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Data from: Testing adaptive hypotheses on the evolution of larval life history in acorn and stalked barnacles

Citation

Ewers-Saucedo, Christine; Pappalardo, Paula (2019), Data from: Testing adaptive hypotheses on the evolution of larval life history in acorn and stalked barnacles, Dryad, Dataset, https://doi.org/10.5061/dryad.s8800t9

Abstract

Despite strong selective pressure to optimize larval life history in marine environments, there is a wide diversity with regard to developmental mode, size and time larvae spend in the plankton. In the present study, we assessed if adaptive hypotheses explain the distribution of the larval life history of thoracican barnacles within a strict phylogenetic framework. We collected environmental and larval trait data for 170 species from the literature, and utilized a complete thoracican synthesis tree to account for phylogenetic non-independence. In accordance with Thorson’s rule, the fraction of species with planktonic-feeding larvae declined with water depth and increased with water temperature, while the fraction of brooding species exhibited the reverse pattern. Species with planktonic-nonfeeding larvae were overall rare, following no apparent trend. In agreement with the “size advantage” hypothesis proposed by Strathmann in 1977, egg and larval size were closely correlated. Settlement-competent cypris larvae were larger in cold water, indicative of advantages for large juveniles when growth is slowed. Planktonic larval duration, on the other hand, was uncorrelated to environmental variables. We conclude that different selective pressures appear to shape the evolution of larval life history in barnacles.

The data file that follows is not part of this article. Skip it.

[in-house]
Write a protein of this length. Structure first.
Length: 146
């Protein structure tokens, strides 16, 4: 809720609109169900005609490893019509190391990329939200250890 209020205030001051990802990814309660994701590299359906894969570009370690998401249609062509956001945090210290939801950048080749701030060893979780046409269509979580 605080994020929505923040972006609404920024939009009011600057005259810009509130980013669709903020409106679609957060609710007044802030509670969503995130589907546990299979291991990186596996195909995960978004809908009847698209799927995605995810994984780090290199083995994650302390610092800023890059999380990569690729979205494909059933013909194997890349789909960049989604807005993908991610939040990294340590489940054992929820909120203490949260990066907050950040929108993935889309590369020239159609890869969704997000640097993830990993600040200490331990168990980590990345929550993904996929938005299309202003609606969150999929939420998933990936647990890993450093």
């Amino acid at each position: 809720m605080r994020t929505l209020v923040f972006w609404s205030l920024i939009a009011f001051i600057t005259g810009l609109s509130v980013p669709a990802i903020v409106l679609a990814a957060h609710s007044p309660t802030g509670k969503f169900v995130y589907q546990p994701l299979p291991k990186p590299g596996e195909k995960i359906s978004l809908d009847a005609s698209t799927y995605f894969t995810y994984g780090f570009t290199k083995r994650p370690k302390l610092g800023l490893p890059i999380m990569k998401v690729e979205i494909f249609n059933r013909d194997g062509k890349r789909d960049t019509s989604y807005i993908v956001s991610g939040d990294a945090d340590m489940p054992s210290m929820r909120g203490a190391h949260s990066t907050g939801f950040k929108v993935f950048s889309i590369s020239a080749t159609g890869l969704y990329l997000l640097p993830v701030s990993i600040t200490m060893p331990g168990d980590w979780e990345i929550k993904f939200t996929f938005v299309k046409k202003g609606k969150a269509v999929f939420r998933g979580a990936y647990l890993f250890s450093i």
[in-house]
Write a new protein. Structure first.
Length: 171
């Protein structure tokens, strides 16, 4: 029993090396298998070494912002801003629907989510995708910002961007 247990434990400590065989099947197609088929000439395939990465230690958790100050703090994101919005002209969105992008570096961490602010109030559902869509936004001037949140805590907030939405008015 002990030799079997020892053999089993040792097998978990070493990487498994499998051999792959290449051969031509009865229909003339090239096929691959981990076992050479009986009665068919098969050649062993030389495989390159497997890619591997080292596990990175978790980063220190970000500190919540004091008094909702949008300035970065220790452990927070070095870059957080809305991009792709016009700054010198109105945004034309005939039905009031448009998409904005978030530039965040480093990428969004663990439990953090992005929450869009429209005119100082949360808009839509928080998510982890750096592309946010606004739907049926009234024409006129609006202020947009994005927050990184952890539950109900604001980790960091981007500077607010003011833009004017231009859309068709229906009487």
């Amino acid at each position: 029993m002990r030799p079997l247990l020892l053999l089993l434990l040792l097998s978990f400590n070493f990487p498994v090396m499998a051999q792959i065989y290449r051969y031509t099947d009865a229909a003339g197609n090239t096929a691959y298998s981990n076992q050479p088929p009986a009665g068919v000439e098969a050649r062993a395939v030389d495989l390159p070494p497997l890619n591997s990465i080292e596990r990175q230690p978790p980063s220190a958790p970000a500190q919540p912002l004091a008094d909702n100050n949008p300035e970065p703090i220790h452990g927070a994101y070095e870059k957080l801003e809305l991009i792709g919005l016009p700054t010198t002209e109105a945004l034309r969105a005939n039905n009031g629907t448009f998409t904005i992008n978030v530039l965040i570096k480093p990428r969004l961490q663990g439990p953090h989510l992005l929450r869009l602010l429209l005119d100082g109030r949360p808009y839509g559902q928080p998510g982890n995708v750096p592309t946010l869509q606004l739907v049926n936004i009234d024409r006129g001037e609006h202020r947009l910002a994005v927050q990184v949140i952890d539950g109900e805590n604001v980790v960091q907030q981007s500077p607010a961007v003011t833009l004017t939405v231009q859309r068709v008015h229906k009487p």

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global